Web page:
Day 4 – Rolla to Joplin

A quick breakfast, a brief meeting, and we were on our way to points south and west, ever west. I remember this part of the trip last year and I knew that there would be a number of interesting reminders of how things once were. Not much has changed in one year and today afforded a little more time for the exploration of things I missed the first time through.

Bridge at Devil's Elbow

The first two stops included the Hooker Cut – once the deepest excavation through a rock formation in the U.S. – and then Devil's Elbow. The complete departure from the highway and associated noise allowed for a devotional moment along the creek whose formation inspired the name Devil's Elbow. All that could be heard was natural: birds, insects, and a flowing stream. It was a magical moment.

The next stretch of driving allowed us to arrive at Carthage, Missouri, and a brief visit to a delightfully restored drive-in movie theatre. I hope it is a profitable enterprise and that a new generation can enjoy the simple pleasure of a drive-in movie on a warm and pleasant July evening. Wall-E was showing last night. I must say that the Carthage Court House is magnificent and a must-see on any Route 66 trip.

Pat Crespino, Morgan Ramsey, and Victor Knowles with Andy Benton

The interview at the Joplin Family Y included Pat Crespino, South Family Y branch executive director; Morgan Ramsey, the youth and family director at the Y; and Victor Knowles, minister of Peace on Earth Ministries and a frequent guest and speaker at Pepperdine.

Joplin is a city that enjoys community. In an era when many cities are fractured and disengaged, Joplin seems to have turned the tide. Their churches, community groups, Boy and Girl Scout organizations, and other civic and social entities seem to be thriving. Several examples of local philanthropy supporting local charities were shared.

Victor Knowles and Morgan Ramsey

I was heartened by how easily this group spoke of the importance of faith and timeless values. The notion of prayer in school was a welcome concept and not threatening. When it comes to those things that students should be encouraged to attain in the course of their academic curriculum, we discussed the need to learn about money, good manners, social conduct, and a strong sense of self-reliance and responsibility.

Not surprisingly, parents were cited as indelible influences in the lives of those interviewed. I say "not surprisingly" because of the apparent and close connections shared between generations in a community like this one.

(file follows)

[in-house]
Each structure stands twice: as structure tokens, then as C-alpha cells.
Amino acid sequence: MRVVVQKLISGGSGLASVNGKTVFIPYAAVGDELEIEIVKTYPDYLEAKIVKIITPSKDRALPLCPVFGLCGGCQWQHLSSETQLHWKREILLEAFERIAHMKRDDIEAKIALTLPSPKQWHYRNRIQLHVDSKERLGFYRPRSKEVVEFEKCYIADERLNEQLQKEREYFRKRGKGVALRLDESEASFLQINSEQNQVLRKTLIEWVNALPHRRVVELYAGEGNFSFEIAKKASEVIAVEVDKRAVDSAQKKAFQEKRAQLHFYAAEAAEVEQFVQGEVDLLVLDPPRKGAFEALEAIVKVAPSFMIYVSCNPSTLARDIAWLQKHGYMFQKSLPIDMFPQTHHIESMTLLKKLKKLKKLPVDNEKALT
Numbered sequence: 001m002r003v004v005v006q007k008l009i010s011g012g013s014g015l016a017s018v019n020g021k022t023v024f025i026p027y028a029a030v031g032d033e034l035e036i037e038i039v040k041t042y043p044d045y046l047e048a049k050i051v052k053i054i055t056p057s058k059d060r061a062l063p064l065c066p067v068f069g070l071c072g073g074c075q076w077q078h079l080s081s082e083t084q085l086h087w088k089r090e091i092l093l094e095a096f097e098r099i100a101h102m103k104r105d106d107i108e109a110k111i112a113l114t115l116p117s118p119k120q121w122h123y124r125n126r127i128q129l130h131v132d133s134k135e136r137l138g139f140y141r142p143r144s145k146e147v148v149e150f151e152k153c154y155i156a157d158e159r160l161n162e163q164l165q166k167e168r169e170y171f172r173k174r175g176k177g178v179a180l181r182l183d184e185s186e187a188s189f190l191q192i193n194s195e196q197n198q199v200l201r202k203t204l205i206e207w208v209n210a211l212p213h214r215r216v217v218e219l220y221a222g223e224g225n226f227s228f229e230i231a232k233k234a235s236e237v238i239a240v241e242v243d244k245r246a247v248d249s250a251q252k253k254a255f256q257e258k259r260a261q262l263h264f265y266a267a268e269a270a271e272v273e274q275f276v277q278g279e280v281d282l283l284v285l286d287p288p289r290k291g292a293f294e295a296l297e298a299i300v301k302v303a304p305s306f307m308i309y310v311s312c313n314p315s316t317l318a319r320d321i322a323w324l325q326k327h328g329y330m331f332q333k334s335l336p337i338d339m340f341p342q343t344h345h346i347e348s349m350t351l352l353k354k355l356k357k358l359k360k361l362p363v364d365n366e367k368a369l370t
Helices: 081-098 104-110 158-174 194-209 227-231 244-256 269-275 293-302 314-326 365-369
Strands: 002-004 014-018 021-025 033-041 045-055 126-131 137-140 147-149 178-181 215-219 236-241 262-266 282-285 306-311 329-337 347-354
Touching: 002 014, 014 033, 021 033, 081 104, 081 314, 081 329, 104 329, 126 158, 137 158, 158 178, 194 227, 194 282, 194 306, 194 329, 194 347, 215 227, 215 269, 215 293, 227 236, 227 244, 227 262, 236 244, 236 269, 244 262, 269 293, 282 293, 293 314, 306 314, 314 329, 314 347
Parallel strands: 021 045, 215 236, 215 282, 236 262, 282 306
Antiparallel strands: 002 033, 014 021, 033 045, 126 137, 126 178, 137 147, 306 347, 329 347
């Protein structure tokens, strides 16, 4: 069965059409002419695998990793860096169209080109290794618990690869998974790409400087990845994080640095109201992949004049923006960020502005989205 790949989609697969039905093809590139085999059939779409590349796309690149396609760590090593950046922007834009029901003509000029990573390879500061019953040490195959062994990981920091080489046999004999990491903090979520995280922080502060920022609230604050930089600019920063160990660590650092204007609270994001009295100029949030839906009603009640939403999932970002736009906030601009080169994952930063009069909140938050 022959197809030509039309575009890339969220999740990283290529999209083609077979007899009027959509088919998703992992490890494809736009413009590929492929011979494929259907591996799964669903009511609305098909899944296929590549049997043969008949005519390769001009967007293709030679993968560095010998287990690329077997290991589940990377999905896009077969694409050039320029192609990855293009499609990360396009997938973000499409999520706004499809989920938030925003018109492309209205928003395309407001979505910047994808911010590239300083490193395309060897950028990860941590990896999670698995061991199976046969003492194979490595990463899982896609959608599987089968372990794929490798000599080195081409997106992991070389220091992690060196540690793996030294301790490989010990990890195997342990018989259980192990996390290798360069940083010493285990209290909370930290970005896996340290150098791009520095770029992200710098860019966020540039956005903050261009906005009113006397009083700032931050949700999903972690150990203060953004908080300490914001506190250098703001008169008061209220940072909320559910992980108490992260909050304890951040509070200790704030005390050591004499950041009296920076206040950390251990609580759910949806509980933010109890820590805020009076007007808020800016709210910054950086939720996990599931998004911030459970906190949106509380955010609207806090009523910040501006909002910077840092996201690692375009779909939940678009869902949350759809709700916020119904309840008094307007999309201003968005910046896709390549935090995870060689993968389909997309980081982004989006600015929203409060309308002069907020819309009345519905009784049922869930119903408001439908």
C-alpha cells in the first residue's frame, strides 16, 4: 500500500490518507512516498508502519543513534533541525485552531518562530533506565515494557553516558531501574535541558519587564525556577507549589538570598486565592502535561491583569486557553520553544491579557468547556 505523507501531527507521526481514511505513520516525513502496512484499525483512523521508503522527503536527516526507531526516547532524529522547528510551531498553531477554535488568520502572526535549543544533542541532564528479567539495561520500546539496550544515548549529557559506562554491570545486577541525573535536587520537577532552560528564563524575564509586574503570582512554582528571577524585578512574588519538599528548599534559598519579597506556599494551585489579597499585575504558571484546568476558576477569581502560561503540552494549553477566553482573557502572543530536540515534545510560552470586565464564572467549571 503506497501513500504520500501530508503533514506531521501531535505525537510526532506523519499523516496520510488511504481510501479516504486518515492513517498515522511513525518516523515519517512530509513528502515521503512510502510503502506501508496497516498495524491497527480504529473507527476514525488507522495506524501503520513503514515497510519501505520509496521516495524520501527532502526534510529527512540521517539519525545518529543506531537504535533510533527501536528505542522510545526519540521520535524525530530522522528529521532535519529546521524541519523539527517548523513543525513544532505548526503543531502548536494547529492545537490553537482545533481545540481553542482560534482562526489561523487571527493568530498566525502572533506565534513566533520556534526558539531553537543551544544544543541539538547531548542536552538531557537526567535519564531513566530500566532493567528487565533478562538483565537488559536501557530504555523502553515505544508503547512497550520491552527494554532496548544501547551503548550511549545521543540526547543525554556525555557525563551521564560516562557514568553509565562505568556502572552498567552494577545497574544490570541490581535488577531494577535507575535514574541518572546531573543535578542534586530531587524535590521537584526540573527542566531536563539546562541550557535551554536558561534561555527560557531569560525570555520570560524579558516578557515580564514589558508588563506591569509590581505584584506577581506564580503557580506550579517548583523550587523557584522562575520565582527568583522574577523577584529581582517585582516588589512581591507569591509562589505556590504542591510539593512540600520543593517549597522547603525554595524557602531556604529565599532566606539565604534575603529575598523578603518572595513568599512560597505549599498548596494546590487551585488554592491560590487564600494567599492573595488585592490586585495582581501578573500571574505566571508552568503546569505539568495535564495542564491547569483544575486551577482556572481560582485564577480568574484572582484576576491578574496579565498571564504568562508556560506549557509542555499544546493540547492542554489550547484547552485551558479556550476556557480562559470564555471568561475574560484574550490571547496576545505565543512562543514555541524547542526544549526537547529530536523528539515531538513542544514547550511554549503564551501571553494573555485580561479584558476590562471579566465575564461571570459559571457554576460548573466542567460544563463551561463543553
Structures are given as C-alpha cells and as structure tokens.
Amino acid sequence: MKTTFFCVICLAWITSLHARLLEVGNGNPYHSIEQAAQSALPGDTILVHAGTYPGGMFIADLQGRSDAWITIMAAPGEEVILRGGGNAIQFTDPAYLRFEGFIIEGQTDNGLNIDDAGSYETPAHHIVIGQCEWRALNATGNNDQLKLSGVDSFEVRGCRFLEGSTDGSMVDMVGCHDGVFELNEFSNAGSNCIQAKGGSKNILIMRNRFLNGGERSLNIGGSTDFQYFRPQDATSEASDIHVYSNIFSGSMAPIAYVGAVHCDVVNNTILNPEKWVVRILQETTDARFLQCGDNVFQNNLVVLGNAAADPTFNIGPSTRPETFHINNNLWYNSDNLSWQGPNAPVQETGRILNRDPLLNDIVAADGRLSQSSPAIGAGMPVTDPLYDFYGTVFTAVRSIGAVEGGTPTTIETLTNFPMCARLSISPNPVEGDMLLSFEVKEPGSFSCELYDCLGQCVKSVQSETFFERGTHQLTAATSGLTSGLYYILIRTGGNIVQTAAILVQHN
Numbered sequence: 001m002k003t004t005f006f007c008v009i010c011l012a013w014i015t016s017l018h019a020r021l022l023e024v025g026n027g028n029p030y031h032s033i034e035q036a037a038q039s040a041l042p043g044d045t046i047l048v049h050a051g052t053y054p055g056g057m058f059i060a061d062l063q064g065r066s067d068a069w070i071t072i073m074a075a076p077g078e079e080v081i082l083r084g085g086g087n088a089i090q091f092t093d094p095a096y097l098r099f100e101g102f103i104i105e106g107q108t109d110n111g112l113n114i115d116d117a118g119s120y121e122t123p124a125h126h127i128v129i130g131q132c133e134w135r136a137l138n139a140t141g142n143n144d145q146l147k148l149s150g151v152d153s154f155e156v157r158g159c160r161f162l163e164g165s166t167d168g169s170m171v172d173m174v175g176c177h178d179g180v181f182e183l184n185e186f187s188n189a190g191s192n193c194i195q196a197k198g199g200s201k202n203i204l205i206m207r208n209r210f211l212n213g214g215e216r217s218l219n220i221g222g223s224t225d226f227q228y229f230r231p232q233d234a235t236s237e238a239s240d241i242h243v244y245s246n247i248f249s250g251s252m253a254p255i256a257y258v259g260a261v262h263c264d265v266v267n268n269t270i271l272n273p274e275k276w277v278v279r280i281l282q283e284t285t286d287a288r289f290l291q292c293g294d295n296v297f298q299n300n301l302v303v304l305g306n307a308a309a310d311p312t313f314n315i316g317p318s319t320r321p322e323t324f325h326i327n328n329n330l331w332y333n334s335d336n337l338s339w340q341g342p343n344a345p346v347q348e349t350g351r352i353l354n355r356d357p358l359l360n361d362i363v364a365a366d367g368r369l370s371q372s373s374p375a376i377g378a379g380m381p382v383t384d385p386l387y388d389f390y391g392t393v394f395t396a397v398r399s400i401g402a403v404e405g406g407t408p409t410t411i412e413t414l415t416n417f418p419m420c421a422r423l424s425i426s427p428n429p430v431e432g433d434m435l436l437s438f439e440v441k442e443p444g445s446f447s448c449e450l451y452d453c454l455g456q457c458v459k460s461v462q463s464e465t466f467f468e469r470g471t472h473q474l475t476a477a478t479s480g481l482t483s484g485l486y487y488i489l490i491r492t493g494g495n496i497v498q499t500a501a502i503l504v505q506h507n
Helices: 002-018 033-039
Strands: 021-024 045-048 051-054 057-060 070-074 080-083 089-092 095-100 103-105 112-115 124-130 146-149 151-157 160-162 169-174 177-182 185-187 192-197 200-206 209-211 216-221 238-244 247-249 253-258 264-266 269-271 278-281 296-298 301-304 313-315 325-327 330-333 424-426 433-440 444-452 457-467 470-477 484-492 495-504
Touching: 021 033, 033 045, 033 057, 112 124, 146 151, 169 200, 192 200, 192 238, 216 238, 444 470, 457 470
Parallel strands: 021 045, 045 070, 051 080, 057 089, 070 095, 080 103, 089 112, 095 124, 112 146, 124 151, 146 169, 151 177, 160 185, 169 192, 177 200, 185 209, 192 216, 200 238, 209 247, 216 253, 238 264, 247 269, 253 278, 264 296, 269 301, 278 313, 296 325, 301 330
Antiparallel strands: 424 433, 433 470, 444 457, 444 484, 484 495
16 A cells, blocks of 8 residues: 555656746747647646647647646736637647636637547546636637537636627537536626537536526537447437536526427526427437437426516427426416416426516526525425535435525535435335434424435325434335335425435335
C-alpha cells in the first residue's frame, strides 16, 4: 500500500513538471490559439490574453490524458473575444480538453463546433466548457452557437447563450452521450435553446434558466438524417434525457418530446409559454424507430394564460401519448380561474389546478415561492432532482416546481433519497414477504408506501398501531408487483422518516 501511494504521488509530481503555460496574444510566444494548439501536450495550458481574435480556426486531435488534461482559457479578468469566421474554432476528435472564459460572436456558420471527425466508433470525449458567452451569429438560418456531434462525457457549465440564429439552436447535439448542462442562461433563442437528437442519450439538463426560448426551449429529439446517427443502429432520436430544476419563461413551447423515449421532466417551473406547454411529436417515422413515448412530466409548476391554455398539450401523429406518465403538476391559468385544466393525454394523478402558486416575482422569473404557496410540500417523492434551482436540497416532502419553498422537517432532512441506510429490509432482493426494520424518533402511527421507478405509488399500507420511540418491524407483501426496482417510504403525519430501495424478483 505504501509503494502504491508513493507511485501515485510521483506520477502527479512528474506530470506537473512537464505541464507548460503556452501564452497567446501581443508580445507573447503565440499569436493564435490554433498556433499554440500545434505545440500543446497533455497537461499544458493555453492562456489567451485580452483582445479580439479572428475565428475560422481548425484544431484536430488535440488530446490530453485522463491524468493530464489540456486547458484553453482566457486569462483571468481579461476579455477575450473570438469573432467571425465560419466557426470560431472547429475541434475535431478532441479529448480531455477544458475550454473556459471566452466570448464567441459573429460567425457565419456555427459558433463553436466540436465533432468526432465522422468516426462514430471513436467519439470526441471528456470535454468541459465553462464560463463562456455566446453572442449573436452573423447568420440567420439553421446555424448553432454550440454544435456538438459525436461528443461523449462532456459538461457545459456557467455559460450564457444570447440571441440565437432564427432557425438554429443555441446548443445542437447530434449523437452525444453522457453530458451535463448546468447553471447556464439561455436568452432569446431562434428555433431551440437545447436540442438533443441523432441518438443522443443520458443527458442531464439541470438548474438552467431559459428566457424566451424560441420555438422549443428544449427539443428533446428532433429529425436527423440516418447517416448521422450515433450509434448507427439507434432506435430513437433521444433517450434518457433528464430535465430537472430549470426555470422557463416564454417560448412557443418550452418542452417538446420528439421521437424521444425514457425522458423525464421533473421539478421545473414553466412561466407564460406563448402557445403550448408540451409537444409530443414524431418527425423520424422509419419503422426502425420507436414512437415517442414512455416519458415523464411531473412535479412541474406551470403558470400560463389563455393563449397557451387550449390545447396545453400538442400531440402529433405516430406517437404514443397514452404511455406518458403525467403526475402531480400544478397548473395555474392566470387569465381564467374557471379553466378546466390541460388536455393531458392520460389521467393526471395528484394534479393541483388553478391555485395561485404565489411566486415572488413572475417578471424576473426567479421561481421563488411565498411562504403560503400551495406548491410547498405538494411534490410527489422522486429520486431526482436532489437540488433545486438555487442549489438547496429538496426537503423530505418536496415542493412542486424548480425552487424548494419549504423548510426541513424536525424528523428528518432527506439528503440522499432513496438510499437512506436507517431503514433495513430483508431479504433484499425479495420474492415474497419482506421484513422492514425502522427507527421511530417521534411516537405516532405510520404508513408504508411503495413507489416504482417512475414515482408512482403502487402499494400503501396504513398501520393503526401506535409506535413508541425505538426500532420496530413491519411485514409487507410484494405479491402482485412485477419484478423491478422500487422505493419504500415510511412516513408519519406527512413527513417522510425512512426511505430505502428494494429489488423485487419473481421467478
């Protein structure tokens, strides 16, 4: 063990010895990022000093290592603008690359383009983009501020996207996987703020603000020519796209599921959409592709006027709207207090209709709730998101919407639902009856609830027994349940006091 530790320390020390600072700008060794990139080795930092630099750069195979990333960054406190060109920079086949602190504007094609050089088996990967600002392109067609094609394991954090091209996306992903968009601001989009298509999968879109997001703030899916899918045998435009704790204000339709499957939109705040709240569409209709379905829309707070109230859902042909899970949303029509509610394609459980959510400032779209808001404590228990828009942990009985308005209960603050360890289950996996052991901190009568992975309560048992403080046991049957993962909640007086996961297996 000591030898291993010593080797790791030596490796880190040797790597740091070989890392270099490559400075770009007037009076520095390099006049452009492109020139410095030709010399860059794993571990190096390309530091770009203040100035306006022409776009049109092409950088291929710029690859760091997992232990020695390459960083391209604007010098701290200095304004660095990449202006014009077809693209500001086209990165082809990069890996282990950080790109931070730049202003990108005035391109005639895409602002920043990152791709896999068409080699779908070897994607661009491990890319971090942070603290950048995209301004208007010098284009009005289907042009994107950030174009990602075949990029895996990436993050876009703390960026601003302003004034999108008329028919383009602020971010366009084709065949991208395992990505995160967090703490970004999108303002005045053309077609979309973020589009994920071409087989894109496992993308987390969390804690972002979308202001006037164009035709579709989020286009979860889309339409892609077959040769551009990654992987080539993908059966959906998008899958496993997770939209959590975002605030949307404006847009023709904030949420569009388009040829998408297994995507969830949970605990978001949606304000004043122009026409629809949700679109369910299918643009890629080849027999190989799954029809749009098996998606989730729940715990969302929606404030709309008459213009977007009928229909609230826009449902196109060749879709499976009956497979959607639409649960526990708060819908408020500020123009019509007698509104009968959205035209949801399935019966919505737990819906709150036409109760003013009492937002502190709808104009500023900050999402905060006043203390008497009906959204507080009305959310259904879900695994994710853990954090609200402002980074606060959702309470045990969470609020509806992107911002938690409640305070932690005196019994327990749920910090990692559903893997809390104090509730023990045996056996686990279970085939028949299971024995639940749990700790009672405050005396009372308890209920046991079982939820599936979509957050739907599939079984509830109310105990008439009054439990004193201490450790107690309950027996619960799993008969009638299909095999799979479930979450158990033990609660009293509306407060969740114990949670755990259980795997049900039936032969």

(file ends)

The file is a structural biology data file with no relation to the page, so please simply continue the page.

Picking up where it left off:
We discussed technology, adolescent influences, the economy, and a range of interesting, relevant topics, but the open conversation about the significance faith can have in our lives was one more positive attribute of this trip to America's heartland.

I would like to add another question to the five I proposed last evening for my blog-along friends:

6. In your opinion, what role should public secondary schools play in shaping values among their students?

Alternate view of Route 66 near Hooker Cut

Tomorrow offers an all-too-brief, 12-mile foray into Kansas and then a return to Oklahoma and an alumni event at the Skirvin Hilton Oklahoma City.

Your blog comments are very interesting. Thanks very much. Wish you were here!

4 Responses to "Day 4 – Rolla to Joplin"

  1. Victor Knowles Says:

    Dr. Benton,

    Thanks for including Joplin on your nifty tour. It was good to see you once again. I appreciated you including me in the interview. I mentioned Roy Rogers Rider's Rules. I thought you might enjoy them.

    ROY ROGERS RIDER'S RULES
    1. Be neat and clean.
    2. Be courteous and polite.
    3. Always obey your parents.
    4. Protect the weak and help them.
    5. Be brave but never take chances.
    6. Study hard and learn all you can.
    7. Be kind to animals and take care of them.
    8. Eat all your food and never waste any.
    9. Love God, and go to Sunday School regularly.
    10. Always respect our flag and our country.

    Many Happy Trails,
    Roy, Dale & Trigger

    And "happy trails" to you and your crew, Andy!

    Victor Knowles

  2. Doug Cole Says:

    Dr. Benton,

    I love this idea of traveling the "Mother Road" similar to what Steinbeck did, to rediscover the bedrock of who we are as a nation of people. Your experience at Devil's Elbow illustrates something we need more of today, solitude. It seems that our lives are lived at such break-neck speed that we don't have time to think deeply or create moments that define life more clearly. A few years ago I took a group of teens on a trip. We were driving across the desert at sunset and stopped on the side of the road to experience the beauty of the moment. It was silent. Not even a breeze was blowing. The response of the teens was nervousness, fear, and one even screamed and said she "Had to have some noise!" She then dove back into the van and turned on her music.

    It seems that we have gotten used to all the noise that keeps us distracted from some of the more important things in life, and life has become more shallow because of it.

    I pray your trip offers you some quiet refreshment as you connect with the heartland.

    In Christ,
    Doug Cole

  3. Brian Gaither Says:

    This is a great idea! As a person who was raised near Joplin, MO and now a Pepperdine student myself, it's a great thrill to see Joplin being exposed to the rest of the world in the spirit of education.

    Best Regards,
    Brian Gaither

  4. Andy Says:

    Joplin was a great stop in all respects. I would have liked to stayed longer and to look around. This, by the way, is a hard admission for a Kansan.

    I have always enjoyed the occasional quiet moment and the story Doug relates is both interesting and sad to me. There is entirely too much "noise" in life when it is silence that speaks so clearly.